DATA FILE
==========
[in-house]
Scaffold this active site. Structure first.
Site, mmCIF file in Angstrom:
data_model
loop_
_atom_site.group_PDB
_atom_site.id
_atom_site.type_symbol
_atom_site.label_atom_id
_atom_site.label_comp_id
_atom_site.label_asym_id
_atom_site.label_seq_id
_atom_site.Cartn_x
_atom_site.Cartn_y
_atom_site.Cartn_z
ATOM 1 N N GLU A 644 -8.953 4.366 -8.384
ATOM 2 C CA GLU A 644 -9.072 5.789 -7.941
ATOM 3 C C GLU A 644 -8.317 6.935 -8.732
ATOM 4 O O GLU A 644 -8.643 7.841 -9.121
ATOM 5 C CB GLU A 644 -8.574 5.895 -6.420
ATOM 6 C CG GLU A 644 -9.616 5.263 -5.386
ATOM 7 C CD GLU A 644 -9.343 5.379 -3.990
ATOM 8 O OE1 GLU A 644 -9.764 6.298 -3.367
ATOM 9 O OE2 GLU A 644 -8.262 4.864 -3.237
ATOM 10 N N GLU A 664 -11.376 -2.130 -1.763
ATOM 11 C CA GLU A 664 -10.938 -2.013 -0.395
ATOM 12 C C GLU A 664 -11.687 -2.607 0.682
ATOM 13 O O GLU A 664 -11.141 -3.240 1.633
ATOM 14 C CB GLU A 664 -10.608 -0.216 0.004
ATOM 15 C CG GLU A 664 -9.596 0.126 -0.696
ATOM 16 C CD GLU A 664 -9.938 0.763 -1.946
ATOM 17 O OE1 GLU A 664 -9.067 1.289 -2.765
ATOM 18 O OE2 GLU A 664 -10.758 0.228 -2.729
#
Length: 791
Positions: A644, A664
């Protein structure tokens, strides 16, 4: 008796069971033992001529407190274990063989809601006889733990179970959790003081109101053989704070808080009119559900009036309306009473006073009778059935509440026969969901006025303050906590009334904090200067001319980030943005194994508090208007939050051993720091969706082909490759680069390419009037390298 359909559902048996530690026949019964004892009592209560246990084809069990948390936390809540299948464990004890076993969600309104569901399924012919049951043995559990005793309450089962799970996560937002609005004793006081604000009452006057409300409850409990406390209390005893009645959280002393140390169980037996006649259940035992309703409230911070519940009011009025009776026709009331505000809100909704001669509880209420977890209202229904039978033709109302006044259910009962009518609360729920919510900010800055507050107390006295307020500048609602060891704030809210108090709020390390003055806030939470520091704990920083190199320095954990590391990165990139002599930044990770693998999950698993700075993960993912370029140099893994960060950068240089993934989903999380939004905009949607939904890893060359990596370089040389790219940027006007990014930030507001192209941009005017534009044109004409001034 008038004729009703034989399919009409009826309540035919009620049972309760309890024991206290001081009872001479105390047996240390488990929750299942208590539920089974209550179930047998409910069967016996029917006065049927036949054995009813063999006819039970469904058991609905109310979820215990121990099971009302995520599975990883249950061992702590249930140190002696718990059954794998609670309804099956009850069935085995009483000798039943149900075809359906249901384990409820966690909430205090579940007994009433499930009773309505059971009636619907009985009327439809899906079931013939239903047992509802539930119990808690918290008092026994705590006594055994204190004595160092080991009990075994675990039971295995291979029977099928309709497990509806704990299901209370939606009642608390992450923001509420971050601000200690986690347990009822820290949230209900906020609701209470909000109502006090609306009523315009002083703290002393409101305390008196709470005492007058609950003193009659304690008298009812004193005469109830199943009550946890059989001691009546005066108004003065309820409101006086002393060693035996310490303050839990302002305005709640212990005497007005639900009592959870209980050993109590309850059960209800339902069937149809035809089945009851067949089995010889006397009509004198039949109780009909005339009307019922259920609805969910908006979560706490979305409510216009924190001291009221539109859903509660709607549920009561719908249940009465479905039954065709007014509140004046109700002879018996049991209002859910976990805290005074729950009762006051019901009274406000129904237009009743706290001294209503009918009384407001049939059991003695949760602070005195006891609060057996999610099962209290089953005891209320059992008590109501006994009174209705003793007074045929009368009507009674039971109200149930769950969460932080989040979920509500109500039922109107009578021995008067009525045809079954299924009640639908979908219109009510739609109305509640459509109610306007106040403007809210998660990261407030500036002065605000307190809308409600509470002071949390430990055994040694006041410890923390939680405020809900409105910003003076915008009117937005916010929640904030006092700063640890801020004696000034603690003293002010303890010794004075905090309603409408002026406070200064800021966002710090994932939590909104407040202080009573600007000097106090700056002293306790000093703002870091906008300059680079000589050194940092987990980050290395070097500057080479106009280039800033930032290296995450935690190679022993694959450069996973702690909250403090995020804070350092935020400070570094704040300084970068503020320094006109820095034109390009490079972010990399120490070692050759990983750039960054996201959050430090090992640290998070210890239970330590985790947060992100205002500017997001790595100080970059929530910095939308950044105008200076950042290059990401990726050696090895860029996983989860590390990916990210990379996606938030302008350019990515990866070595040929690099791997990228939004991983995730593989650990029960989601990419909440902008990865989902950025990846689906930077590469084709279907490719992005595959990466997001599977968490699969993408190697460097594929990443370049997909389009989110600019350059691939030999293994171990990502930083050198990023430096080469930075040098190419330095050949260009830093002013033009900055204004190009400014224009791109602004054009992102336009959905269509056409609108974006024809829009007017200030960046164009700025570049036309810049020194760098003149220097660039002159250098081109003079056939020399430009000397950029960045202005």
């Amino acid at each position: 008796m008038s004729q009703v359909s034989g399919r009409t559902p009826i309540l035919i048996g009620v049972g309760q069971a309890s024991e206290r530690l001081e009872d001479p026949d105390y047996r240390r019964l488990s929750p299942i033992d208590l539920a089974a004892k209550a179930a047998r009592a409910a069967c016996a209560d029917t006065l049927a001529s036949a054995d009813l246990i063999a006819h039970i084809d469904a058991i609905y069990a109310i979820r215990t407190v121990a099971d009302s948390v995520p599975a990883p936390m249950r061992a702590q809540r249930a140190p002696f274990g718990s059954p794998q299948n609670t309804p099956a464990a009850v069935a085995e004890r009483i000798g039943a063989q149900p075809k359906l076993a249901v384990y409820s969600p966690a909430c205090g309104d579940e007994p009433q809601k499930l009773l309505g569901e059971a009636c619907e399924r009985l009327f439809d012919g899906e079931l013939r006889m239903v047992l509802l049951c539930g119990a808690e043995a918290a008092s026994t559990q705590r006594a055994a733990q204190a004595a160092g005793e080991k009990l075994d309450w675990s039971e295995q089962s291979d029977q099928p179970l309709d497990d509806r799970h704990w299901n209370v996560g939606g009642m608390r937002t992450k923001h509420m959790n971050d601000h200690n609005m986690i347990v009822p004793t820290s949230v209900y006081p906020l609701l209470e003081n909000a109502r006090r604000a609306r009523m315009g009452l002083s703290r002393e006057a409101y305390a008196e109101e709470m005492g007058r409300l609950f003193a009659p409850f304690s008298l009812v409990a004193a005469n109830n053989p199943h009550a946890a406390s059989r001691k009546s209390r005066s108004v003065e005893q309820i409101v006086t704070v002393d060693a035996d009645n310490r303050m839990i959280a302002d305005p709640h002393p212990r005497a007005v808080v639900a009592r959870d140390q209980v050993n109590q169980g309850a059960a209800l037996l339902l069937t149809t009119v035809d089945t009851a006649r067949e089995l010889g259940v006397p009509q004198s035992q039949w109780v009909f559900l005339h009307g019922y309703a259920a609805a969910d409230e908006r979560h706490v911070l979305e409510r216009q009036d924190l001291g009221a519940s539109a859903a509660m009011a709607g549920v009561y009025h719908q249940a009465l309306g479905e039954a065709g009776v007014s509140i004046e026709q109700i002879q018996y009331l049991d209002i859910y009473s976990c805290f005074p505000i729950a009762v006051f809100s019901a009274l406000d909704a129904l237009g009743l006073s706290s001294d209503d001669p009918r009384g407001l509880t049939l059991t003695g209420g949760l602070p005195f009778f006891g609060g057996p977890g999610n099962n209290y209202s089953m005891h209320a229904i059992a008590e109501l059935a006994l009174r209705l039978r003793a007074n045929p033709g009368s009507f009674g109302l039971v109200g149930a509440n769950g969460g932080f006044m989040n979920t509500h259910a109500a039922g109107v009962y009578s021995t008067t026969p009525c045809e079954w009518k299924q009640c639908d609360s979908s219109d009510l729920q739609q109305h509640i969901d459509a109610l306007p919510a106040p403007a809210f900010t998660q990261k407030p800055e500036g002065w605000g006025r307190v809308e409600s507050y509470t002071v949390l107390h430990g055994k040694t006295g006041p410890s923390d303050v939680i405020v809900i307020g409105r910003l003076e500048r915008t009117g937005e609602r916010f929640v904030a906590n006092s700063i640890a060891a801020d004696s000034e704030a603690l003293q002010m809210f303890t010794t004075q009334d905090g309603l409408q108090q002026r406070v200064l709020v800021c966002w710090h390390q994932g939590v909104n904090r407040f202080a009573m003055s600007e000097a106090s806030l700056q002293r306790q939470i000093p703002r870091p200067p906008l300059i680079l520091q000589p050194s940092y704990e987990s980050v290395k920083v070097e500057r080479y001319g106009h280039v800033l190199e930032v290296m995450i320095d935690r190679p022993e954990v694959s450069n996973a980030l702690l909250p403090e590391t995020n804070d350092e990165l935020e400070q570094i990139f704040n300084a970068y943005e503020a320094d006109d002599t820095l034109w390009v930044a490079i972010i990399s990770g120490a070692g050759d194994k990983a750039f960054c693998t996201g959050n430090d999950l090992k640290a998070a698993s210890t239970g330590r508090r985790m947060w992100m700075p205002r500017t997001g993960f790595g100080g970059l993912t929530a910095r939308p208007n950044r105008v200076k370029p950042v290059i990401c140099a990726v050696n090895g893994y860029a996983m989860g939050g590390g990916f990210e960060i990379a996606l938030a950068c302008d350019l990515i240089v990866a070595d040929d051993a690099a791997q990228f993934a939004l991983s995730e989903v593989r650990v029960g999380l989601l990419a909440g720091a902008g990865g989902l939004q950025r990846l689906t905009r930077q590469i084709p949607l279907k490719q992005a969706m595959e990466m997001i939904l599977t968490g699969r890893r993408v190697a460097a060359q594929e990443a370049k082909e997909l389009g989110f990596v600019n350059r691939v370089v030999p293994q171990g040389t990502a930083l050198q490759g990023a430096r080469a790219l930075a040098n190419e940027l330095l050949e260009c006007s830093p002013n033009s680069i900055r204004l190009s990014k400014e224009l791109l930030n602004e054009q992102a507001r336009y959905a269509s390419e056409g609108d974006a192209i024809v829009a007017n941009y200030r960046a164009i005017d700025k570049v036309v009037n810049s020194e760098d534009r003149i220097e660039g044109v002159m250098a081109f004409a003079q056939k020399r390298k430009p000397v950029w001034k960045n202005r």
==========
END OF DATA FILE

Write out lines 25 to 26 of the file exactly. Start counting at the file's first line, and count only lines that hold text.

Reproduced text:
ATOM 10 N N GLU A 664 -11.376 -2.130 -1.763
ATOM 11 C CA GLU A 664 -10.938 -2.013 -0.395